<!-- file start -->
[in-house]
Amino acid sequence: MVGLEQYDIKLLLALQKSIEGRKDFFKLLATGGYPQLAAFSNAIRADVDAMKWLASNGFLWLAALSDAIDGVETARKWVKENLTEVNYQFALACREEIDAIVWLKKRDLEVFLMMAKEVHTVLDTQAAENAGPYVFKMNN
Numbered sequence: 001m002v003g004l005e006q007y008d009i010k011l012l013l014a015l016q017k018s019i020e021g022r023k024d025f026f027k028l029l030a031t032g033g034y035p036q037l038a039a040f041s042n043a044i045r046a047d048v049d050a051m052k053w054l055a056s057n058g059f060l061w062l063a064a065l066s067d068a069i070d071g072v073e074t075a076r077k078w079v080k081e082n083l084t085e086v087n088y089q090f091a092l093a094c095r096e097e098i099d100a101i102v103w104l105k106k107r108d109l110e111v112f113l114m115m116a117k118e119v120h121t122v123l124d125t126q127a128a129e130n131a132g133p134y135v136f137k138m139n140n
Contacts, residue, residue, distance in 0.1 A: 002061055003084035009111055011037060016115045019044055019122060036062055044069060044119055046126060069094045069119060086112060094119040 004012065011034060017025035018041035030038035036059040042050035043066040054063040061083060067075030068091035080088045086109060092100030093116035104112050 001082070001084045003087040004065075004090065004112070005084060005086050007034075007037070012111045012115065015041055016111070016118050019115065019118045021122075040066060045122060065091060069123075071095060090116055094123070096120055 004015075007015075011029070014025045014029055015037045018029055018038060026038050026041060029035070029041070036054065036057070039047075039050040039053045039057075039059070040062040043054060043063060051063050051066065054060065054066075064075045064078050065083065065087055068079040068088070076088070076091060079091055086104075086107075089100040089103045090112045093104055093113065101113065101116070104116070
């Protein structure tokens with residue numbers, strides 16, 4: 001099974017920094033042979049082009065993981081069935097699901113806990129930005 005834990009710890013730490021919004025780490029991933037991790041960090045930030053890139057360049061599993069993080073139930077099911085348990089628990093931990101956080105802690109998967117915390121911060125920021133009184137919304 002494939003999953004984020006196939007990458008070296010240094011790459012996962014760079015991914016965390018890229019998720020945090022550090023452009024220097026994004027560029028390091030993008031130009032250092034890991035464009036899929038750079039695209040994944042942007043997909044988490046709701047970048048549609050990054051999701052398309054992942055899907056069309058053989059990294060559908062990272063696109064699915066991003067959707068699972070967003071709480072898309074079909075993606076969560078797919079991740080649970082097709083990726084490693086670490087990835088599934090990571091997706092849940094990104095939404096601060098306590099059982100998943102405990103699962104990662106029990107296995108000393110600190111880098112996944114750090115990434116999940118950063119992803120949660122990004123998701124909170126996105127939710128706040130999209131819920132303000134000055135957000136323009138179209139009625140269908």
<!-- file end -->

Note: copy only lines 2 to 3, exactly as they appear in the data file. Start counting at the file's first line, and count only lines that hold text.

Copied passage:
Amino acid sequence: MVGLEQYDIKLLLALQKSIEGRKDFFKLLATGGYPQLAAFSNAIRADVDAMKWLASNGFLWLAALSDAIDGVETARKWVKENLTEVNYQFALACREEIDAIVWLKKRDLEVFLMMAKEVHTVLDTQAAENAGPYVFKMNN
Numbered sequence: 001m002v003g004l005e006q007y008d009i010k011l012l013l014a015l016q017k018s019i020e021g022r023k024d025f026f027k028l029l030a031t032g033g034y035p036q037l038a039a040f041s042n043a044i045r046a047d048v049d050a051m052k053w054l055a056s057n058g059f060l061w062l063a064a065l066s067d068a069i070d071g072v073e074t075a076r077k078w079v080k081e082n083l084t085e086v087n088y089q090f091a092l093a094c095r096e097e098i099d100a101i102v103w104l105k106k107r108d109l110e111v112f113l114m115m116a117k118e119v120h121t122v123l124d125t126q127a128a129e130n131a132g133p134y135v136f137k138m139n140n